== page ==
After the Trickster died (and during the discourse of the Hammerite Order), a group of Hammerites began to show disdain for the teachings of the Order, believing that technological innovations should be put before other subjects. Karras was one such Hammerite priest who left the Order with about one hundred other Hammerites, including Cavador. Karras led the rebellious Hammerites and created a new Order that would be known as the Mechanists. Over time, Karras became insane and began to believe that only beings of a mechanical nature could serve the Builder. With this, he decided that he would kill anything organic in the City.
#38SystemafunkPosted 1/23/2013 5:57:20 AM
and some Mechanist quotes:

Use the tools that the Builder hath given thee, and pester not the worker, for his toil is pleasant to the Builder's eyes!

Remember, the gear asketh not why it turns, but keeps its faith and turns day and night, never failing. Be thou the Gear in the Builder's Plan.

Let the Builder's faithful turn their eyes to a task, and lo, it shall be done.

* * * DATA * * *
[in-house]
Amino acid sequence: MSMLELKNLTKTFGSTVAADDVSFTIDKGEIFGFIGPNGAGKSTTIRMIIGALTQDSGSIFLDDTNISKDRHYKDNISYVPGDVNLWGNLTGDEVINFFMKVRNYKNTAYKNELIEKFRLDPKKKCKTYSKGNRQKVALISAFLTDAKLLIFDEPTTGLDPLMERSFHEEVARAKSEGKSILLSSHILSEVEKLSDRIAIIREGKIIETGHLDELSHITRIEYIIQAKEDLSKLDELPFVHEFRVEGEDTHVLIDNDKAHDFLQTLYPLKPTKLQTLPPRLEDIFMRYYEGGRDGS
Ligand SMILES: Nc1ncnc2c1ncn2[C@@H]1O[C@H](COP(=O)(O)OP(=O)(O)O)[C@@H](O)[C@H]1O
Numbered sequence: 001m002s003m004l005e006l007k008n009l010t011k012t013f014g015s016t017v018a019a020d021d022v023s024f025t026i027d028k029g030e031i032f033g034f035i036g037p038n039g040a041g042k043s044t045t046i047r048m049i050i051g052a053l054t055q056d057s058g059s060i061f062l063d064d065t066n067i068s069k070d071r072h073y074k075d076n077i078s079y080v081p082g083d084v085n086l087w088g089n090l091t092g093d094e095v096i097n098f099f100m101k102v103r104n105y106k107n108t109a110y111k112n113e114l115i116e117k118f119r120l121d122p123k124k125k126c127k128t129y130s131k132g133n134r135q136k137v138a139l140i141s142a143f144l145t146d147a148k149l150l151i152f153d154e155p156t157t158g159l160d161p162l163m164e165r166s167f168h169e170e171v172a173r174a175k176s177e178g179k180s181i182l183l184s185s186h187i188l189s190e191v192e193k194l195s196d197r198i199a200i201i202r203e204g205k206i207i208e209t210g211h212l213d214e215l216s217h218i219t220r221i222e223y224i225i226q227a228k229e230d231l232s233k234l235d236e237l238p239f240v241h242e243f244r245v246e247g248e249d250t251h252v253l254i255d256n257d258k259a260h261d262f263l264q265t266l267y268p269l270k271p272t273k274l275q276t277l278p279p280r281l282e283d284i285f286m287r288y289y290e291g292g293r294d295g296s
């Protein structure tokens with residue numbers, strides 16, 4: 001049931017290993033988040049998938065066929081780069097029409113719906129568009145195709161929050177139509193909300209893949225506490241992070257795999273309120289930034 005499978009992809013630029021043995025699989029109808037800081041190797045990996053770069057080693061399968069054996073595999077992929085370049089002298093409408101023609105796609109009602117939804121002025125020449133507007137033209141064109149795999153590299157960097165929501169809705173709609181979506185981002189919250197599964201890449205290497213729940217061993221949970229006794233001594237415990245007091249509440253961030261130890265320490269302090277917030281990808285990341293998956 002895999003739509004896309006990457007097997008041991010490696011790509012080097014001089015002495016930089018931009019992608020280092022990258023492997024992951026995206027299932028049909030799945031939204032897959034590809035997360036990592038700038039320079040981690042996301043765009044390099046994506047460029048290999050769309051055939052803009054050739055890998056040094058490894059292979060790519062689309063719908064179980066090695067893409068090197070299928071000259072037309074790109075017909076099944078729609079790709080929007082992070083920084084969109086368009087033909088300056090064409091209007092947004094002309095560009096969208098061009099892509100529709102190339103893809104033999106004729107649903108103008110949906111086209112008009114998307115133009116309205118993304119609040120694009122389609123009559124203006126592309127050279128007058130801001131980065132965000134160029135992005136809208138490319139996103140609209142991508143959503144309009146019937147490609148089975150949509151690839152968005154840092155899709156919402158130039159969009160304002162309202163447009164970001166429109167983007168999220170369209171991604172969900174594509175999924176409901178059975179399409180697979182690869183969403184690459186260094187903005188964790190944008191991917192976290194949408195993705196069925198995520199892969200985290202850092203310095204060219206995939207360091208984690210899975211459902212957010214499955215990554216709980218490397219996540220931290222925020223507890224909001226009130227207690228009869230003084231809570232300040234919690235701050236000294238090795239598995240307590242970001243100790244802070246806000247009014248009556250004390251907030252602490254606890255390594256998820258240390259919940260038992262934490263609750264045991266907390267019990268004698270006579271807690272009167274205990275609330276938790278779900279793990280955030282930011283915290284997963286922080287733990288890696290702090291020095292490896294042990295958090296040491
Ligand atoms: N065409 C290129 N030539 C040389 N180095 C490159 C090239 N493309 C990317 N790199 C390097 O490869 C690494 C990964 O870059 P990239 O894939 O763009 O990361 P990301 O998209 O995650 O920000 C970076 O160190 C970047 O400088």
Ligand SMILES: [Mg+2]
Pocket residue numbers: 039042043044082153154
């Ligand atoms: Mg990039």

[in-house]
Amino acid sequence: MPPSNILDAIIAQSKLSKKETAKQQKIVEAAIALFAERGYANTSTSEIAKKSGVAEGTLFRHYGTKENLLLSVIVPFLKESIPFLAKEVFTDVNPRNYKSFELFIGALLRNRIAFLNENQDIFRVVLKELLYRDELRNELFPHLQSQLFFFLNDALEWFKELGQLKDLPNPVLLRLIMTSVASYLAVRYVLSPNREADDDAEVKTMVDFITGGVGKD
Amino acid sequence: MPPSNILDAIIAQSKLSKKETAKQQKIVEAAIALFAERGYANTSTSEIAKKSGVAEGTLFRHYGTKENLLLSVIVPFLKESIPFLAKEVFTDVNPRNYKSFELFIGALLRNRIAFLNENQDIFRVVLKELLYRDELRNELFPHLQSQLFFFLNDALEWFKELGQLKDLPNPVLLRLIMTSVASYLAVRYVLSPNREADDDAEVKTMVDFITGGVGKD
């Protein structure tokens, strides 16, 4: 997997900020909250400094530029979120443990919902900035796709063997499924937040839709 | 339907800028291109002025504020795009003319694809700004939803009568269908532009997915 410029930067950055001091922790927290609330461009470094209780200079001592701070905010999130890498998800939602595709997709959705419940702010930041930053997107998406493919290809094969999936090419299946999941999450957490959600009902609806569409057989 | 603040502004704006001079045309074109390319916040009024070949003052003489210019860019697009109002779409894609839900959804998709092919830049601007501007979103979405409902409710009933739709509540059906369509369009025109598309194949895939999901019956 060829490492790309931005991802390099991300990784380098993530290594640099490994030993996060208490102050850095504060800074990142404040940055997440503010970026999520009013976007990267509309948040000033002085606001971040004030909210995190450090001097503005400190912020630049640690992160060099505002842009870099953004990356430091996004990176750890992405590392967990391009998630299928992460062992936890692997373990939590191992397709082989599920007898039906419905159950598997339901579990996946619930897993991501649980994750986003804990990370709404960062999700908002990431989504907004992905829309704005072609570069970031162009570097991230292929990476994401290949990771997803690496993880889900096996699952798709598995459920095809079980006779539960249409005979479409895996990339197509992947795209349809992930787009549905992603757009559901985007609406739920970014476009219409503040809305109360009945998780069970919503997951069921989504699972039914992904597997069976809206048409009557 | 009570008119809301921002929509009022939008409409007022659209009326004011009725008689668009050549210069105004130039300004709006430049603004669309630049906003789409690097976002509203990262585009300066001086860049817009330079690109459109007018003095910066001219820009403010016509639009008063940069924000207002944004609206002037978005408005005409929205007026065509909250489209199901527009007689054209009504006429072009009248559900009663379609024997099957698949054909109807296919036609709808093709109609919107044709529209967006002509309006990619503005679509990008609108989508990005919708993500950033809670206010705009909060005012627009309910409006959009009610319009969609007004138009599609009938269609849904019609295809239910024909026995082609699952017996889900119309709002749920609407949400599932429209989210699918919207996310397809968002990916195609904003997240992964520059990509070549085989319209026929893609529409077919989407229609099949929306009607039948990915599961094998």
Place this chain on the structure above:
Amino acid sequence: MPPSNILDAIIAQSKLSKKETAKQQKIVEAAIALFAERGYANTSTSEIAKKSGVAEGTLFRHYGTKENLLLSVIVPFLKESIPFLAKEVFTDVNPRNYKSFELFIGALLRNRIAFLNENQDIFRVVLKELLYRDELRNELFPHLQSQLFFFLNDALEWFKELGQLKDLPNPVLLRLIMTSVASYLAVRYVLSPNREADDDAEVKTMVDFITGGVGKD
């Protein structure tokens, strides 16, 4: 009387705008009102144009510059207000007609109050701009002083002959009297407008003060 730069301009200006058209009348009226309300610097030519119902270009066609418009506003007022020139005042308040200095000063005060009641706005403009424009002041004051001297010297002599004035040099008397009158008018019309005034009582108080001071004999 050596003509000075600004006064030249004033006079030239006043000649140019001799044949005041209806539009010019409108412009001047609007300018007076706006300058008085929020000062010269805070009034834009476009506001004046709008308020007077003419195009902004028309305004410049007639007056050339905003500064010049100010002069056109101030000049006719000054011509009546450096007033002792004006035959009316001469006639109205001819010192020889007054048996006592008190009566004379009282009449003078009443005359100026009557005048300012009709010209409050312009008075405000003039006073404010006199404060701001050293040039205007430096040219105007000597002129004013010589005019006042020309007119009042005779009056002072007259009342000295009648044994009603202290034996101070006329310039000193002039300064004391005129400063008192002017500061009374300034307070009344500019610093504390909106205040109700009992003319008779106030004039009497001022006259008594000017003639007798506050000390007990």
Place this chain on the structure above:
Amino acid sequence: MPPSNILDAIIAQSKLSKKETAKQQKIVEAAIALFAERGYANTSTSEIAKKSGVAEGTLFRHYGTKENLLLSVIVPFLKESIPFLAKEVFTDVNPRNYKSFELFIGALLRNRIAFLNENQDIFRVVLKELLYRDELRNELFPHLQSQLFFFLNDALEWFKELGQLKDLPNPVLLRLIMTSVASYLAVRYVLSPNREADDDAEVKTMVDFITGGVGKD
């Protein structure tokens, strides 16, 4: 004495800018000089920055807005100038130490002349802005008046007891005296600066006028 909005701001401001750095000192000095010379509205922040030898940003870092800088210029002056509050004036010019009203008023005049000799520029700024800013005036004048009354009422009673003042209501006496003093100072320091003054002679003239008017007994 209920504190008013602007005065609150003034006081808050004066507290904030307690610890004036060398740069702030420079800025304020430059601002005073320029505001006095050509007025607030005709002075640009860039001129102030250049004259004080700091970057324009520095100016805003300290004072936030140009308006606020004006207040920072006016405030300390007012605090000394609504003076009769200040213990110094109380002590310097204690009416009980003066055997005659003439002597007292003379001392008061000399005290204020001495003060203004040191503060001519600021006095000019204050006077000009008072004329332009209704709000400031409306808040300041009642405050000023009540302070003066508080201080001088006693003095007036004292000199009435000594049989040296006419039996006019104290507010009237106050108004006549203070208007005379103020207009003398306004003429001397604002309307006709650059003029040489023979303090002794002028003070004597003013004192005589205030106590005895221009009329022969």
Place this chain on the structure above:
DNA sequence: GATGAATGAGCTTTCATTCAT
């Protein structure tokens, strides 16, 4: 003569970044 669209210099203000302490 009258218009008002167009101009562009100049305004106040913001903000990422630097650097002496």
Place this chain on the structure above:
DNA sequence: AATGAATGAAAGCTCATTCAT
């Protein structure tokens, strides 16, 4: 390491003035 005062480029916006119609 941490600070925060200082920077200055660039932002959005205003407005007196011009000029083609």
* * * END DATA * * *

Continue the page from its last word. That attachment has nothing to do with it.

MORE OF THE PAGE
And Karras said, "Let us give thanks to The Builder, for He hath formed my hands with fingers. And behold, my fingers interlock like cogs on a gear. I am part of His unbeholdable machine, and therein lies my salvation.'

Into position weld, thee, thy plate, matching A unto A, and B unto B, such that complete is thy seal, a barrier true that blocketh dust and dirt--the enemies of the goodly gear.

And behold! A man will come unto thee, and he will be a leader of men...and he will be a wager of war, and he will be a shedder of sap, and he will be a spiller...of blood!

Forge thou not the hammer, but be fortified with The Builder's knowledge and let then the higher things be wrought. Then shall thou prosper.

The saplings did so unnatural prance that we feared of the forms...most unholy-wrought, and did falter and take flight...'til he that it is Karras did raise us up against them, that we, one and next, did raise us up, too.